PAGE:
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How to Buy a Gun in 15 Countries

By The New York Times

Many Americans can buy a gun in less than an hour. In some countries, the process takes monthsRead full story

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  • Gun deaths in Japan:

    2016: 5

    2015: 1

    2014: 6

    2013: 6

    2012: 4

    USA annual average is about 33,000.

  • My family owns rifles. When my parents die, they will pass to me and I will keep them, safely stored away. I say rifles because in the US, we tend to say guns as if all guns were the same.

    I was taught that guns are tools, built with purpose. And that the only purpose of a handgun or automatic was the death of a human being. To own one is to have decided you are willing to kill a person.

    Where I grew up, some people hunted for food. I support their right to do that. All of them would have been

    My family owns rifles. When my parents die, they will pass to me and I will keep them, safely stored away. I say rifles because in the US, we tend to say guns as if all guns were the same.

    I was taught that guns are tools, built with purpose. And that the only purpose of a handgun or automatic was the death of a human being. To own one is to have decided you are willing to kill a person.

    Where I grew up, some people hunted for food. I support their right to do that. All of them would have been willing to wait months for the ability to do so.

    We need to stop pretending that gun law is hard or complex. No handguns. No automatics, semi or otherwise. Rifles, appropriate for hunting only, after comprehensive checks and with careful storage and training requirements.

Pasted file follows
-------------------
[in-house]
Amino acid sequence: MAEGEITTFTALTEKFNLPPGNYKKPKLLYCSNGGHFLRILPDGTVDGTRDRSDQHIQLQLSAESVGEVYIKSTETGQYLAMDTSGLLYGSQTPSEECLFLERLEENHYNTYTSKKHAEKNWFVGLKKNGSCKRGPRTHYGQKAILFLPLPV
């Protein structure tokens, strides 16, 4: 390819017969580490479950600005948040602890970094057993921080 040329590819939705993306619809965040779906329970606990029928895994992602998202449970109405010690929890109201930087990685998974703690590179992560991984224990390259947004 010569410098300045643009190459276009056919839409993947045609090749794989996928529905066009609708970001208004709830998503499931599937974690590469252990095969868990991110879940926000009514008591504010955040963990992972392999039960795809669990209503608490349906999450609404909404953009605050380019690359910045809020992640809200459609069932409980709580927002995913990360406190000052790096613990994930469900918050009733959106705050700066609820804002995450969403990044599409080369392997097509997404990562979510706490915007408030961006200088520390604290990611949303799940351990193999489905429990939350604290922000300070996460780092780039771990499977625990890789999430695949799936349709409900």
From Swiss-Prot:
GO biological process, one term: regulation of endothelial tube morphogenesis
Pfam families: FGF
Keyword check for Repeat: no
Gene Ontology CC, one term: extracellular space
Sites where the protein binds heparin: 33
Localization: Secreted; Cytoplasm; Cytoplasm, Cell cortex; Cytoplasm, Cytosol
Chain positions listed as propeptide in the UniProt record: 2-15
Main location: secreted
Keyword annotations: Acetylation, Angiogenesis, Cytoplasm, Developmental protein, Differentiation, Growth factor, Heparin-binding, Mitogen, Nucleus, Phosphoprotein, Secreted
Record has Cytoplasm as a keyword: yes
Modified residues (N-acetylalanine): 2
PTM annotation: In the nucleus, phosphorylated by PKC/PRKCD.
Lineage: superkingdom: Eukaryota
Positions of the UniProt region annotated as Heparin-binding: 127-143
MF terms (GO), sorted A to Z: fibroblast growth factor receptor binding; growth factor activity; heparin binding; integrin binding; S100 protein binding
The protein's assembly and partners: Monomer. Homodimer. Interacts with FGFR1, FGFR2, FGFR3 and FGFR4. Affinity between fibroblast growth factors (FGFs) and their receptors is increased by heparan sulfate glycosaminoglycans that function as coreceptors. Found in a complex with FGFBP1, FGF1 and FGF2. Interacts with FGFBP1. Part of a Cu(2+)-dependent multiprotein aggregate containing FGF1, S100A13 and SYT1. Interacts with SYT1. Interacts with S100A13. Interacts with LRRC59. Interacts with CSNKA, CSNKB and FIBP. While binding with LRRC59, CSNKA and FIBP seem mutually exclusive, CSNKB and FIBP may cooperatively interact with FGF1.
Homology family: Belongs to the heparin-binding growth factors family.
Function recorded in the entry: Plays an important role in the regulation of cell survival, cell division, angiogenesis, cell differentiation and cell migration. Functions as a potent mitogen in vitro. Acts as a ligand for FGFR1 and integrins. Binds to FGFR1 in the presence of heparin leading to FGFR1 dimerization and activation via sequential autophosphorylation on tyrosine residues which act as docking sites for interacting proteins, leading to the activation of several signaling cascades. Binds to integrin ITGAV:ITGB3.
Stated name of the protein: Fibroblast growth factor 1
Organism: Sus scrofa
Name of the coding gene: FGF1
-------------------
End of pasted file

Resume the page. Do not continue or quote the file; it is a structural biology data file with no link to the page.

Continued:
• The US is on the wrong side of this analysis, but also note that even the best intended laws can mean nothing without adequate enforcement. (Cf. Russia.)

  • Ethan LaCroix
    Ethan LaCroixWriter and editor

    Mexico has much more restrictive laws than the US, but a much higher firearm homicide rate. I know this is cynical, but won't adapting the strictest gun laws in the US be a futile ''put the toothpaste back in the tube" measure unless there's an effort to do something about the guns that are already out there, which even the strongest advocates for gun control have shown no political appetite for? I don't know what the answer is here, but it seems like adapting the Japan model tomorrow won't change anything.

  • Adaora Udoji
    Adaora Udoji

    This should be common knowledge in every discussion/debate. Americans should know this, the context be considered as we figure out policies that make sense.

  • This is really interesting, politics aside.

  • Khaled Abdelhady
    Khaled AbdelhadySoftware engineer at Amazon.com

    I believe each country is completely different and hence will have different gun laws.

    Local and state governments should take the first step as they can obtain better support for laws from the local communities.

  • I try not to get in the gun debate, but I will tell you that I recently bought a gun and it was easier and faster than when I pumped gas on the way home.

  • Sumeet Shah
    Sumeet ShahBacking brands at Swiftarc Ventures

    Yemen is the second highest rate of gun ownership after the USA. Gun owners in the States are on board with tighter requirements. The question is: which country do we want to emulate in new processes?

  • Phillip Lipscy indulges in a faulty and misleading tactic: comparing gun homicides instead of total homicides.

    I don't even own a gun, and don't much care about gun control either way, but this sort of biased use of statistics bothers me. Surely someone teaching political science at one of America's top universities can argue honestly?

  • The US and Yemen - so much in common when it comes to getting a gun. It’s instant.

  • Anna  Konstantinova
    Anna Konstantinova

    Tied with Yemen. We can do better folks.

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